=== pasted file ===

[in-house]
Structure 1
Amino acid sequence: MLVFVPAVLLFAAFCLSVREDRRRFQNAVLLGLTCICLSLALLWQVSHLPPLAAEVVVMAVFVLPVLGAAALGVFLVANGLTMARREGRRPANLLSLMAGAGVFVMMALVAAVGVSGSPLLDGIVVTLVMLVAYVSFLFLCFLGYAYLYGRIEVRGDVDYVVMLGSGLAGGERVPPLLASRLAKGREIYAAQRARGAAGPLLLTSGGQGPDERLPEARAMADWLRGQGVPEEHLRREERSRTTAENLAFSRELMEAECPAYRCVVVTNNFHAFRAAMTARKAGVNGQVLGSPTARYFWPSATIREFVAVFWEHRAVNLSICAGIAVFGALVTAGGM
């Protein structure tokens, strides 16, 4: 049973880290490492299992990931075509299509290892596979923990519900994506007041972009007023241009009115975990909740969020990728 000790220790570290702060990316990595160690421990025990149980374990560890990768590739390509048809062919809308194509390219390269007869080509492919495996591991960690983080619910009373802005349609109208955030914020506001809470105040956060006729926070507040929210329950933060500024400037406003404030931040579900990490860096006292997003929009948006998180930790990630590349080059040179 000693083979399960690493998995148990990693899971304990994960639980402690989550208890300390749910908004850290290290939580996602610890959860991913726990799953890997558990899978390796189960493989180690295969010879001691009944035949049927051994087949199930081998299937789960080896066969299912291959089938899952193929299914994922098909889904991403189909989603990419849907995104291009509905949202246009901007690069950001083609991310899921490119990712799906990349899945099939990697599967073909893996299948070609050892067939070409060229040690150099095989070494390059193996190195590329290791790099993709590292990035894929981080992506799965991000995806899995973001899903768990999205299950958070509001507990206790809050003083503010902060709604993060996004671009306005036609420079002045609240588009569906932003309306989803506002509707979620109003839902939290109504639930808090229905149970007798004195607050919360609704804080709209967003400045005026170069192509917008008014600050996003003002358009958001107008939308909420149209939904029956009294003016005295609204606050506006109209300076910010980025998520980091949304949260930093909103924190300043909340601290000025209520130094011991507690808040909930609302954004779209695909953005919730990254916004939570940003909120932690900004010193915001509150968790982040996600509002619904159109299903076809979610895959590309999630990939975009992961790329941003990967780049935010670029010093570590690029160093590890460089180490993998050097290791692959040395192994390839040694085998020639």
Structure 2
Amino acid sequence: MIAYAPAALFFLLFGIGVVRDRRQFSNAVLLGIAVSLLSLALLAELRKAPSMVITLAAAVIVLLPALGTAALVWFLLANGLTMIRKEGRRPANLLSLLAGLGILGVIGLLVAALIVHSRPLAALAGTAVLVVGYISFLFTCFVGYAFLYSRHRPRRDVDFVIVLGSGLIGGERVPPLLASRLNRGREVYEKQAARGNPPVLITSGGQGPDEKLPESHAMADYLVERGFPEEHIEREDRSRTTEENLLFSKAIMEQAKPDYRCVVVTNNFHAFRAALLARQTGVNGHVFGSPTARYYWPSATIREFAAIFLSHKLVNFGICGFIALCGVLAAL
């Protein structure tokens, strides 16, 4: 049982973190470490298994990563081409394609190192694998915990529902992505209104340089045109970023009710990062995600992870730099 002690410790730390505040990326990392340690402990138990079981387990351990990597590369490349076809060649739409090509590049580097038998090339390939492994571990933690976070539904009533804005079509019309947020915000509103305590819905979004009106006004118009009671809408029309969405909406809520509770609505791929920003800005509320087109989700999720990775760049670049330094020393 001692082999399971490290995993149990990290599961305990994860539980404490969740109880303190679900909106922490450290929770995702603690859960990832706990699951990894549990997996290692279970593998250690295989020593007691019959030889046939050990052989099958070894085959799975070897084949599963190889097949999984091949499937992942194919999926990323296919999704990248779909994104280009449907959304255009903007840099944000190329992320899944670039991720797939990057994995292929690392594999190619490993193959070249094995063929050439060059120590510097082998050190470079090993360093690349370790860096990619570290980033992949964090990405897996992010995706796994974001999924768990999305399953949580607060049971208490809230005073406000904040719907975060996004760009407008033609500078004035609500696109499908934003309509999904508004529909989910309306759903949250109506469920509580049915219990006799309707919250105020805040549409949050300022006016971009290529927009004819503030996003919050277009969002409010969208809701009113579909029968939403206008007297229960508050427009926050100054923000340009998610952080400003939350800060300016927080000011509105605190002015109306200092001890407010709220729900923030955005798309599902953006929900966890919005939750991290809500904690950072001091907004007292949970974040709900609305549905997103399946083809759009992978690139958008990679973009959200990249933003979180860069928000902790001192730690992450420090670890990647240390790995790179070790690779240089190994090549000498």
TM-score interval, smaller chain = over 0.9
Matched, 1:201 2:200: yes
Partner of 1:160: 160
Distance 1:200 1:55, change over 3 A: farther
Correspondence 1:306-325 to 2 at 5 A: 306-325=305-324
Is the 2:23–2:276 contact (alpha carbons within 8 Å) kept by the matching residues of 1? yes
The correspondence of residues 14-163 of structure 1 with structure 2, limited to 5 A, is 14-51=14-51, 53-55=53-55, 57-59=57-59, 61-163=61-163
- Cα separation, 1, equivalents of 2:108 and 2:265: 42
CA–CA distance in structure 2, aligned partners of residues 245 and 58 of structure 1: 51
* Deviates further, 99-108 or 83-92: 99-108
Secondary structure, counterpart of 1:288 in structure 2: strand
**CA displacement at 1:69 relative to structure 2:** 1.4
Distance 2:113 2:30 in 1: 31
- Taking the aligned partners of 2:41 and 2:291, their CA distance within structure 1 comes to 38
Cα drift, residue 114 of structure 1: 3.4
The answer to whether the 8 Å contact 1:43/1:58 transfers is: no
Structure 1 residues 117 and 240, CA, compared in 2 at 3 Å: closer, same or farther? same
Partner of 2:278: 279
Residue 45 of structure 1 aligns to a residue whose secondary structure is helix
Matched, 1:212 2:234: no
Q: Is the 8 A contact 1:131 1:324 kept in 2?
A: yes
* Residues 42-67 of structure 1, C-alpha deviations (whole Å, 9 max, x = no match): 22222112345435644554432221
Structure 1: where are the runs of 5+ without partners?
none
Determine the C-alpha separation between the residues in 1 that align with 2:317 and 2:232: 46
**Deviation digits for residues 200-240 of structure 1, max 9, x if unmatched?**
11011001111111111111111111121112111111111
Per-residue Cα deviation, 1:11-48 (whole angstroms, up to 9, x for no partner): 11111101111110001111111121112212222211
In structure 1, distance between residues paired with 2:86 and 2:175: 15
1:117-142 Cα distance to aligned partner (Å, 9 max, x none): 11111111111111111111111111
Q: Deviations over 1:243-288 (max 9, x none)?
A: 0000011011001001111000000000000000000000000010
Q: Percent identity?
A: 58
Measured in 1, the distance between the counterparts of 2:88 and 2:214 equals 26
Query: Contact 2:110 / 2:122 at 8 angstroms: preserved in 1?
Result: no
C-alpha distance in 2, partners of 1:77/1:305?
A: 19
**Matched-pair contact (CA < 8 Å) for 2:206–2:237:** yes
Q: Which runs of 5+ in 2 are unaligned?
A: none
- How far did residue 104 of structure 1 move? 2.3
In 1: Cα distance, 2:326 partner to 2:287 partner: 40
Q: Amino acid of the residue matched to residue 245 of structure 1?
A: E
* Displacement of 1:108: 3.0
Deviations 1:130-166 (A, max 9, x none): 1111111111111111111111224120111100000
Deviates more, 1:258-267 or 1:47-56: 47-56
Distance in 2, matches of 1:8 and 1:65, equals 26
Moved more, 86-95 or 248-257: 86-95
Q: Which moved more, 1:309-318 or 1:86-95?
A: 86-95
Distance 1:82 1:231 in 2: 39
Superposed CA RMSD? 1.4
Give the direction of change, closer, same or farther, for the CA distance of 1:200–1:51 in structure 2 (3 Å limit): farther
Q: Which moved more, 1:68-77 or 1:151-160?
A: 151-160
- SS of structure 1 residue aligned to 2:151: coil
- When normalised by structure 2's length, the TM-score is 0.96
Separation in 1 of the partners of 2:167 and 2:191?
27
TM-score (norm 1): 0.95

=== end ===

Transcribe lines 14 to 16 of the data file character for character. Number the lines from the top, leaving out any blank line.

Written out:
The correspondence of residues 14-163 of structure 1 with structure 2, limited to 5 A, is 14-51=14-51, 53-55=53-55, 57-59=57-59, 61-163=61-163
- Cα separation, 1, equivalents of 2:108 and 2:265: 42
CA–CA distance in structure 2, aligned partners of residues 245 and 58 of structure 1: 51